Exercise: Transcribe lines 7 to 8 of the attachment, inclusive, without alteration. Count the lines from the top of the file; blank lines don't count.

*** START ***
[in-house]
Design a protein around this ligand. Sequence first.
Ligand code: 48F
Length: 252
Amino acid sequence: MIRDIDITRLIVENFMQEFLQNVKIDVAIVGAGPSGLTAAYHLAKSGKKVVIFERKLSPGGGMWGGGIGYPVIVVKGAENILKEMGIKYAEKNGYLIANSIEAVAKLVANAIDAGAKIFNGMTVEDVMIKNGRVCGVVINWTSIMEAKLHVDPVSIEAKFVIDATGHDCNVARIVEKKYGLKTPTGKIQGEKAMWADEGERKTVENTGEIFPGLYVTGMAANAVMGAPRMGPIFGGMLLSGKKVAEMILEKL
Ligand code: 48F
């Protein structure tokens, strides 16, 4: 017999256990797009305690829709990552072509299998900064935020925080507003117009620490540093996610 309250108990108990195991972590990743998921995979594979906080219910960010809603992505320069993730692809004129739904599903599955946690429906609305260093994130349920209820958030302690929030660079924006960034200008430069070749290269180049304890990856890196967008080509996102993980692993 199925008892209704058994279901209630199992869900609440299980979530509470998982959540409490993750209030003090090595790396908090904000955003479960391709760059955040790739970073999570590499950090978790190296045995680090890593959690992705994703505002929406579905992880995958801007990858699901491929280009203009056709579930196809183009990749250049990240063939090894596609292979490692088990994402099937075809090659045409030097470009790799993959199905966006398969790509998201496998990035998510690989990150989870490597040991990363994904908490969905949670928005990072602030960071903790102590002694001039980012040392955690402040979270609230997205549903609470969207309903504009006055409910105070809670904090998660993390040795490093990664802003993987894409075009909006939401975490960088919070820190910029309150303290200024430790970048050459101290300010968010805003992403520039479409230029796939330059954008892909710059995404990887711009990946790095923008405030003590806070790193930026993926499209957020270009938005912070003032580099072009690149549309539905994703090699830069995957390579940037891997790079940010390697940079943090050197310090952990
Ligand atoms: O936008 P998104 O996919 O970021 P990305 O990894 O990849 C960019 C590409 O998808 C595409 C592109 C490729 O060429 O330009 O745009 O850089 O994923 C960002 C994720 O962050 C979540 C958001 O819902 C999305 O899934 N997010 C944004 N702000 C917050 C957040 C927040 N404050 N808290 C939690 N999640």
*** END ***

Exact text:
């Protein structure tokens, strides 16, 4: 017999256990797009305690829709990552072509299998900064935020925080507003117009620490540093996610 309250108990108990195991972590990743998921995979594979906080219910960010809603992505320069993730692809004129739904599903599955946690429906609305260093994130349920209820958030302690929030660079924006960034200008430069070749290269180049304890990856890196967008080509996102993980692993 199925008892209704058994279901209630199992869900609440299980979530509470998982959540409490993750209030003090090595790396908090904000955003479960391709760059955040790739970073999570590499950090978790190296045995680090890593959690992705994703505002929406579905992880995958801007990858699901491929280009203009056709579930196809183009990749250049990240063939090894596609292979490692088990994402099937075809090659045409030097470009790799993959199905966006398969790509998201496998990035998510690989990150989870490597040991990363994904908490969905949670928005990072602030960071903790102590002694001039980012040392955690402040979270609230997205549903609470969207309903504009006055409910105070809670904090998660993390040795490093990664802003993987894409075009909006939401975490960088919070820190910029309150303290200024430790970048050459101290300010968010805003992403520039479409230029796939330059954008892909710059995404990887711009990946790095923008405030003590806070790193930026993926499209957020270009938005912070003032580099072009690149549309539905994703090699830069995957390579940037891997790079940010390697940079943090050197310090952990
Ligand atoms: O936008 P998104 O996919 O970021 P990305 O990894 O990849 C960019 C590409 O998808 C595409 C592109 C490729 O060429 O330009 O745009 O850089 O994923 C960002 C994720 O962050 C979540 C958001 O819902 C999305 O899934 N997010 C944004 N702000 C917050 C957040 C927040 N404050 N808290 C939690 N999640």